Shortly after the renovations were completed, the title was transferred to actress Amelia Bingham. The feisty and colorful Bingham was a favorite on the New York stage and she set about sprucing up the outside of the mansion. On two small balconies above the first floor (now gone) she perched three heroic-sized statues and two large busts – the one directly over the entrance being of Shakespeare. The redecoration prompted The New York Times to call it “one of the really unique residences in the city,” and it became a sightseeing attraction – popularly called “the house with the statues.”

In 1916 the New York Central Railway proposed laying tracks below Riverside Drive along the Hudson. Amelia Bingham was enraged. She hosted a meeting of the Woman’s League for the protection of Riverside Park in the house.

The actress was firm. “We must turn to these splendid men –oh, let’s say they’re splendid, anyway—and tell them to have mercy on our happiness…But if they persist I shall sell my home for what I can get and move where I won’t have to listen to steam shovels for ten years, for, I tell you, there are lots of us who can’t wait the generation it will take the trees to grow again in our beautiful front yard.”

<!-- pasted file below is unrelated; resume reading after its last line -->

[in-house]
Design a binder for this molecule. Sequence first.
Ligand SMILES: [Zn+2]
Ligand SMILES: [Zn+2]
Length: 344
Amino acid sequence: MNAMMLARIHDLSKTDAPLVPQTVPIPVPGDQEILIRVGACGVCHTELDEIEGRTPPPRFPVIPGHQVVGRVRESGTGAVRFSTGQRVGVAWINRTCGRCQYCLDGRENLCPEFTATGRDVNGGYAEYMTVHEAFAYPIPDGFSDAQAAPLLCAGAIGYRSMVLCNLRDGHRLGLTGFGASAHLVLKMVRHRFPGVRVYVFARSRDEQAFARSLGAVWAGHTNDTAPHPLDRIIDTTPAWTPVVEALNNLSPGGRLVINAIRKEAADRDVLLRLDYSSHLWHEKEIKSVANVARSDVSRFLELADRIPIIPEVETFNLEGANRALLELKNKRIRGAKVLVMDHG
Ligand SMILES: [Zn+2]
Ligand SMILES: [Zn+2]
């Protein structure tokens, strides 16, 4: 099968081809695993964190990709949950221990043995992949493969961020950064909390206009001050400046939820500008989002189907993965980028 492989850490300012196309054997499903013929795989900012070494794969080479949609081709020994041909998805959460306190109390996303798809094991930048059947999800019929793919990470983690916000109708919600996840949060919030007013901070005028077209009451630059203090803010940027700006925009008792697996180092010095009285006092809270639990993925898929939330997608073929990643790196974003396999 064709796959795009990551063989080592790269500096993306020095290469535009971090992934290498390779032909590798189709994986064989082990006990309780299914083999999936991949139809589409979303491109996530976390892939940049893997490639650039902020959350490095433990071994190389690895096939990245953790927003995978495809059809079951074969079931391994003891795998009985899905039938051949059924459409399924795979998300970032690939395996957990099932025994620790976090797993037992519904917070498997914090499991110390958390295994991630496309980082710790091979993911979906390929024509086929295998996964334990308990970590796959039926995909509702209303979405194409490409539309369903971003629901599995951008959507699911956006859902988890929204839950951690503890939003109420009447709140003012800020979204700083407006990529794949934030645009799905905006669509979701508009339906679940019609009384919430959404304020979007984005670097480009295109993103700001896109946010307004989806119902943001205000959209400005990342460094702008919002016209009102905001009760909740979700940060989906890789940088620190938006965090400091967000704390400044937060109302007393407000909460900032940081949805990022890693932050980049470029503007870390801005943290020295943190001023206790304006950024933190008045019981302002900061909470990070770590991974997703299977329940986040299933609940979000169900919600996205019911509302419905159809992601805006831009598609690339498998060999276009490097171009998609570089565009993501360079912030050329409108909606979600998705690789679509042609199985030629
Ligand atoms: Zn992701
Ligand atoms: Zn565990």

At another meeting Bingham pled, “For all these years I have loved to sit in my front window and get drunk with the beauty of Riverside Park. I have lived on the Thames, on the Seine, on the Rhine, and always come home to get drunk again on the glory of Riverside Park.”

The colorful stage actress Amelia Bingham -- photo NYPL Collection
A year later Bingham was in danger of losing her view not because of the New York Central Railway but because her home was in foreclosure. The actress had failed to pay a second mortgage of $25,000 and, when the actress was ordered to vacate the property or pay rent of $250 per month, she refused to do either.